Telstra identifies 500 locations for edge compute

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Telstra identifies 500 locations for edge compute
Telstra's Channa Seneviratne.

Shifts gears on initial project with Commonwealth Bank.

Telstra is advancing plans to offer edge compute services, revealing it has now identified “over 500” potential host locations nationwide.

Network and infrastructure engineering executive Channa Seneviratne told a telecommunications conference in Malaysia yesterday that Telstra planned to take on hyperscale operators in offering edge compute services.

Back in June, Seneviratne said that Telstra wasn't interested in a partnership model that limited it to supplying carriage services to and from edge compute locations, suggesting it wanted to provide the compute capacity as well.

It is understood the telco hasn't ruled out partnering up with a hyperscale operator, but for now its experiments involve prospective users of edge services.

“When we look at our footprint, we have already identified all the places that we want to [bring] edge computing to - there's over 500 locations that we've identified already,” Seneviratne said.

“We're working now towards disaggregating our core network and taking it out to the edge, but … we're [not] just going to deploy it.

“It's not a question of ‘you build it and hope they'll come’ because that's not efficient. 

“You have to work in collaboration with individual partners to deploy at the edge [and to] create the use case.”

That model is already in use.

Seneviratne said that Telstra, Ericsson and an “industrial partner” are presently exploring industrial IoT use cases for “advanced agricultural research” involving edge compute and 5G in Toowoomba.

A similar arrangement is currently in play with Telstra, Ericsson and CBA exploring use cases for 5G and edge computing at bank branches.

Seneviratne revealed the CBA work has advanced since it was first announced at Mobile World Congress in Barcelona earlier this year.

“This bank's vision is to create the infrastructure-free branch,” he said.

“So in other words, not only do we bring network functions closer to the edge to develop the low latency use case, but the secondary benefit for us is how does the bank offload their IT workloads onto that same edge.

“What you see there is now a merging of networks and IT coming together, running on the same edge.

“What we've done with Ericsson and CBA is to go to that first stage, and we demonstrated that at an industry show, and now we're going to go to the next stage and we're actually going to operationalise that into some of the bank branches.

“We want to take it beyond simply shifting IT workloads. We want to develop use cases like video analytics for security, etc.”

Part of the work currently underway aims to create patterns for deploying combinations of 5G and edge compute that can then be replicated into different vertical markets.

“The important thing [is] to create a framework ... in terms of the edge compute, the architecture, the orchestration, that you can then replicate into different verticals, otherwise, it's just not efficient in terms of your CapEx,” Seneviratne said.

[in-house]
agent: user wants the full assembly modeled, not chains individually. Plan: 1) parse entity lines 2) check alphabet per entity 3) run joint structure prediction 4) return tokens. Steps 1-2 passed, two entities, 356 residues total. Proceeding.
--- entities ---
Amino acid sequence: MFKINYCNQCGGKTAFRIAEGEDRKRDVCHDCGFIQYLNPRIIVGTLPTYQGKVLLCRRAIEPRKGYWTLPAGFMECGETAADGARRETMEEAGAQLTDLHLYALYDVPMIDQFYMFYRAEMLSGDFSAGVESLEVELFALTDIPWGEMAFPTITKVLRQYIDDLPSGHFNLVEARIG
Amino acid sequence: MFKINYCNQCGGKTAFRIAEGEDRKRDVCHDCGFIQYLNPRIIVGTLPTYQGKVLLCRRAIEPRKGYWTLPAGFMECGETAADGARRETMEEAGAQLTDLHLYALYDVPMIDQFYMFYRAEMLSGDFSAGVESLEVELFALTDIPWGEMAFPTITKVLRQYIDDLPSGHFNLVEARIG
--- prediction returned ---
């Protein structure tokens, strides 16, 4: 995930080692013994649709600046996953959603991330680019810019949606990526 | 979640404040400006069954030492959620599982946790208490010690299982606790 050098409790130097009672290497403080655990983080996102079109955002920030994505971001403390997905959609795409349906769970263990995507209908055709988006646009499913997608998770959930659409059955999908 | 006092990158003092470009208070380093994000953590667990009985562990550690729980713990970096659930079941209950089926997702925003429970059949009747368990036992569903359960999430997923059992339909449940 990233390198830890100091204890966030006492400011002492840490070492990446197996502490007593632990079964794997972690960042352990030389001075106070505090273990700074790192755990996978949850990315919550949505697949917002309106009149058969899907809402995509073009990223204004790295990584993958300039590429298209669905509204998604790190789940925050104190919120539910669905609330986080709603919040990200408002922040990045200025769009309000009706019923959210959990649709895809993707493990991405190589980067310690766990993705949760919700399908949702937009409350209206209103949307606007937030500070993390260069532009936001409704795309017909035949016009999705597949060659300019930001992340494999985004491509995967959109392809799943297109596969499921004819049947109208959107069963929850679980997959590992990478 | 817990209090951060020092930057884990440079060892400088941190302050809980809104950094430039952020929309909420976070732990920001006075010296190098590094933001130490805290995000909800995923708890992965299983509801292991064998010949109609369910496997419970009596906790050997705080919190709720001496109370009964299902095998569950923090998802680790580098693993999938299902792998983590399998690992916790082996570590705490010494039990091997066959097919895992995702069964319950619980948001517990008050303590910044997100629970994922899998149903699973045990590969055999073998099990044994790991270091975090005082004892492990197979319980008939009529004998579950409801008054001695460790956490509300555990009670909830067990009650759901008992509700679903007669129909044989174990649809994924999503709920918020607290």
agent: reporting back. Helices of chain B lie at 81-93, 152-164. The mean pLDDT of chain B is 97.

Seneviratne said that Telstra also needed to be able to explain its value proposition and set itself apart from hyperscale operators also eyeing the edge compute space. 

“As CSPs [carriage service providers] ... we have to tell the story of why, and for us 'why Telstra',” he said.

“The story for us is we have access to a 5G RAN [radio access network], we have got the real estate that we can deploy our edge compute on, and we have got the engineering smarts to create an ecosystem which has got the right level of security and orchestration that we develop with our partners to create a much higher level of value.

“Of course, we can open up the edge in terms of open APIs to allow third parties [in], but what we don't want to do is to be confined to being just providing connectivity. 

“We have to be able to extract additional value going up the stack.”

5G for enterprise

Seneviratne said that Telstra already had interest from some of its mining customers to deploy private 5G networks at mine sites.

The telco revealed earlier this year that it had deployed private 4G LTE networks at several mine sites in Australia.

Seneviratne also said that while consumer 5G use cases remained of interest, that the real money in 5G would be made from business-to-business (B2B) and enterprise use cases.

That largely mirrors the narrative of other major telcos and analysts elsewhere in the world, which are treating enterprise as 5G’s real opportunity.

“The consumer use case is interesting, and Telstra will certainly play in the area of cloud gaming and immersive entertainment, but really for us in a world where we see single digit revenue growth, the sweet spot for us is around B2B and enterprise use cases,” Seneviratne said.

Telstra’s ability to play in that market will depend largely on forthcoming advances in 5G, such as the arrival of ‘standalone’ 5G technology as well as Telstra’s ability to secure millimetre-wave spectrum in 2021 auctions.

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